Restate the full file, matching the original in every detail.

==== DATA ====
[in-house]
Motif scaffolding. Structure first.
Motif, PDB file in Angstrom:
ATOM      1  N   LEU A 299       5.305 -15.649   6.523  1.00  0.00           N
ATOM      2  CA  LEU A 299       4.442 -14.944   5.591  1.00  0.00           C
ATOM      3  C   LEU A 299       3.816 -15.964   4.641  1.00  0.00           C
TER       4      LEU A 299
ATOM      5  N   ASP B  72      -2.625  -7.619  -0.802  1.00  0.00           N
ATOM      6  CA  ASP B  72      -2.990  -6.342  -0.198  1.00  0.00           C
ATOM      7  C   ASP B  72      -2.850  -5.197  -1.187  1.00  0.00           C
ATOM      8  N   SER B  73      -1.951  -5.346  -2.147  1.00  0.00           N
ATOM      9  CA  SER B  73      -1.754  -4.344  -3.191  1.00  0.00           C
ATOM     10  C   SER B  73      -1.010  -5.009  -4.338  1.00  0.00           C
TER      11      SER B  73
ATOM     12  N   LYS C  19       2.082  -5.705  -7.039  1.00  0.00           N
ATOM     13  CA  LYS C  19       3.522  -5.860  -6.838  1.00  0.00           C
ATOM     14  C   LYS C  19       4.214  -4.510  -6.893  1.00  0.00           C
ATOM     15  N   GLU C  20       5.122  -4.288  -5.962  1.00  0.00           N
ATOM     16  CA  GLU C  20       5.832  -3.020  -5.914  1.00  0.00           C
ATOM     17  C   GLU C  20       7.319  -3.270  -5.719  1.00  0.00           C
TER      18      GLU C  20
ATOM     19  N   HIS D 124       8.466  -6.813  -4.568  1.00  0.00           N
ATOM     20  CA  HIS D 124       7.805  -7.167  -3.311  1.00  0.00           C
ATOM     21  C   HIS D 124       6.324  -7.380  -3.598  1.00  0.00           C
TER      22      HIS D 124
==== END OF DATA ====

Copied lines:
[in-house]
Motif scaffolding. Structure first.
Motif, PDB file in Angstrom:
ATOM      1  N   LEU A 299       5.305 -15.649   6.523  1.00  0.00           N
ATOM      2  CA  LEU A 299       4.442 -14.944   5.591  1.00  0.00           C
ATOM      3  C   LEU A 299       3.816 -15.964   4.641  1.00  0.00           C
TER       4      LEU A 299
ATOM      5  N   ASP B  72      -2.625  -7.619  -0.802  1.00  0.00           N
ATOM      6  CA  ASP B  72      -2.990  -6.342  -0.198  1.00  0.00           C
ATOM      7  C   ASP B  72      -2.850  -5.197  -1.187  1.00  0.00           C
ATOM      8  N   SER B  73      -1.951  -5.346  -2.147  1.00  0.00           N
ATOM      9  CA  SER B  73      -1.754  -4.344  -3.191  1.00  0.00           C
ATOM     10  C   SER B  73      -1.010  -5.009  -4.338  1.00  0.00           C
TER      11      SER B  73
ATOM     12  N   LYS C  19       2.082  -5.705  -7.039  1.00  0.00           N
ATOM     13  CA  LYS C  19       3.522  -5.860  -6.838  1.00  0.00           C
ATOM     14  C   LYS C  19       4.214  -4.510  -6.893  1.00  0.00           C
ATOM     15  N   GLU C  20       5.122  -4.288  -5.962  1.00  0.00           N
ATOM     16  CA  GLU C  20       5.832  -3.020  -5.914  1.00  0.00           C
ATOM     17  C   GLU C  20       7.319  -3.270  -5.719  1.00  0.00           C
TER      18      GLU C  20
ATOM     19  N   HIS D 124       8.466  -6.813  -4.568  1.00  0.00           N
ATOM     20  CA  HIS D 124       7.805  -7.167  -3.311  1.00  0.00           C
ATOM     21  C   HIS D 124       6.324  -7.380  -3.598  1.00  0.00           C
TER      22      HIS D 124